Monday, March 14, 2016

Be Not Afraid of This Cloud

We've talked here about the Cloud before and it's likely that we'll be talking about it again. Whether you're ready for it or not, no other advance in business computing has had this big an effect since the dawn of the Internet in business.

So if you want to get ahead of the curve, and be ready for a technology that empowers your business, this is a good time to talk about it. We talked earlier about the what the cloud really is. It's most certainly more than just a decision about whether you'll put your business documents on Google Docs, or store your backups on Dropbox servers. Those are just the leaky edges of a trend that will engulf IT strategies for at least a decade.

Here's how to think about the cloud...

Monday, December 21, 2015

About Cloud Storage

What do you know about Cloud Storage? Everyone is talking about it, some people are using it, some aren't sure if they are, and as with any major shift in technology or computing, there's a lot of folklore and wives tales swirling around the concept. So let's talk about it straight.

Straight Talk

The questions on everyone's lips are, "Is it safe to use cloud storage," and "how will this change what I do when I save documents and media files," and "which cloud storage choice is best for me?"

In the first place, when we talk about cloud storage, we're actually talking about a place in some company's data center where your data resides. This is in contrast to your own hard drive in your own safe, secure home computer or home office.

But is it safe? Cloud storage seems to put your data out of your reach, and in someone else's control. How can that be good? On the other hand, just how safe is your data on a hard drive at home? Let's tell the truth about that first.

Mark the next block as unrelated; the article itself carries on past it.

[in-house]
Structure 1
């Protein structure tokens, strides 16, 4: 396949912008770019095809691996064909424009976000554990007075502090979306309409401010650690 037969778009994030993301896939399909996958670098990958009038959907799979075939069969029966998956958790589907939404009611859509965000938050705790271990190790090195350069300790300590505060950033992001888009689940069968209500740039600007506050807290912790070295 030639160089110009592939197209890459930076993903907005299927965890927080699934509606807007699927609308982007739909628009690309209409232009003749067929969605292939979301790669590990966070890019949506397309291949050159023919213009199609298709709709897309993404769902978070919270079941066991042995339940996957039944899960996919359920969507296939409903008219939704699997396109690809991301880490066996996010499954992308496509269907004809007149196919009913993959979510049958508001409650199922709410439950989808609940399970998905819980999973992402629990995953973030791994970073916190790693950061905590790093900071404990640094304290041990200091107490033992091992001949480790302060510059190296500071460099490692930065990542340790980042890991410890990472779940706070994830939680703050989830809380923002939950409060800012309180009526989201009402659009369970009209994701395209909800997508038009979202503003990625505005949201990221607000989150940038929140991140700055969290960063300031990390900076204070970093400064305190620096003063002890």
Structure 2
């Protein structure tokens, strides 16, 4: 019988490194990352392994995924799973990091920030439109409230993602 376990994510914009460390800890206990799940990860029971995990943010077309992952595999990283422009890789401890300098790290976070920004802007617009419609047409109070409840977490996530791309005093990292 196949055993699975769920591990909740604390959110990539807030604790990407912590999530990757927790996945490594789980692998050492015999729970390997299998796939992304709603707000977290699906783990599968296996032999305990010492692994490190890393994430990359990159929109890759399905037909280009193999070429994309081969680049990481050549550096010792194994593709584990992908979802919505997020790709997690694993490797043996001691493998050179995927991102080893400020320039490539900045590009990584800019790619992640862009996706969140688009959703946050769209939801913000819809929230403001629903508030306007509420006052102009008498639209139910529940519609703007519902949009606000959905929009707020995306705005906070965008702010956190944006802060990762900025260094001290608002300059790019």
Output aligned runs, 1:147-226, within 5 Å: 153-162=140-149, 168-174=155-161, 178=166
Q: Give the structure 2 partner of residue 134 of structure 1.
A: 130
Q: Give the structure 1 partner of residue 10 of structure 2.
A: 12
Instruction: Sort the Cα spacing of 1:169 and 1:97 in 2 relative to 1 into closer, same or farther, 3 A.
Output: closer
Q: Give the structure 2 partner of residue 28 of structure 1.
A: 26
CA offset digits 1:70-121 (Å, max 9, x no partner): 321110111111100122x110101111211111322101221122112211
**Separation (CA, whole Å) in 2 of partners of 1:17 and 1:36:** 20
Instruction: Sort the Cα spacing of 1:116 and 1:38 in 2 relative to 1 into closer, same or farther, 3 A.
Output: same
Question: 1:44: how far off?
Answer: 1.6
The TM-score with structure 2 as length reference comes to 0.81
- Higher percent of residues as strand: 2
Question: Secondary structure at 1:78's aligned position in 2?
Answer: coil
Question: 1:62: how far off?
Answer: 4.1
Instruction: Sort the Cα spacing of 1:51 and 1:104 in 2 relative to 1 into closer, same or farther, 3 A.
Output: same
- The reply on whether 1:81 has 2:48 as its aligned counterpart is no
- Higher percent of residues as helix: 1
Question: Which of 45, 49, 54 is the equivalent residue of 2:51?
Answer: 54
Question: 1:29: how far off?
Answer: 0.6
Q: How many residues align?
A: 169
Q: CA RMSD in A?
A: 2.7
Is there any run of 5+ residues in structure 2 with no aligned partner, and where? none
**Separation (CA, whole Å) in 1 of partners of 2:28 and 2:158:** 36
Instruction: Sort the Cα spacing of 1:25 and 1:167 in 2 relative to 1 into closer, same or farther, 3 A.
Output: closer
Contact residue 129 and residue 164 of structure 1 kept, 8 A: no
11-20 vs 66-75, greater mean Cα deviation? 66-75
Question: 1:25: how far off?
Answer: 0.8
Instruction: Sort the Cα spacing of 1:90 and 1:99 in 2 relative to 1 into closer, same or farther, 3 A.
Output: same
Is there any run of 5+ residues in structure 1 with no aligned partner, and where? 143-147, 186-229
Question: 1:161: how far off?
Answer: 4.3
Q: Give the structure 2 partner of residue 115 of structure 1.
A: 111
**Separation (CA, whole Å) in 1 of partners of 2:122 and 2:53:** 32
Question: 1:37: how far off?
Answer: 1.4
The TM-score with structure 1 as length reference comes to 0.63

Tuesday, November 3, 2015

Email Has Failed Us - What To Do Now?

It's been a long time for most of us since email was something other than a depressing form of slavery in our work and social lives.

Either we receive too much unsolicited and irrelevant email for us to find the useful messages, or we chain ourselves to an hour or more each day answering correspondence just to keep the pile from growing out of hand.

From the other side, it's also become common for us to send a carefully crafted message to someone and discover that they have only scanned it briefly, or that they've never even seen it in the blizzard of messages they receive. And heaven help us if they are trying to manage both work and personal email accounts separately.

I used to teach a micro-class in productivity that addressed some of this and offered tactics to keep the email pile to a manageable level. (Okay, I still teach the class, but I think the focus will begin to change.) We can talk all day about tactics, and maybe even adopt some of them as habits, but the root cause will not disappear.

There is good news however!

Thursday, October 29, 2015

Google Contacts Beta

Dear Google Friends,

The new Contact interface is terrible. Please understand that I'm a strong advocate for Google - some would call me a fanboy. I really want Google to succeed and to demonstrate that a corporation can grow large and successful without turning to evil. rolodex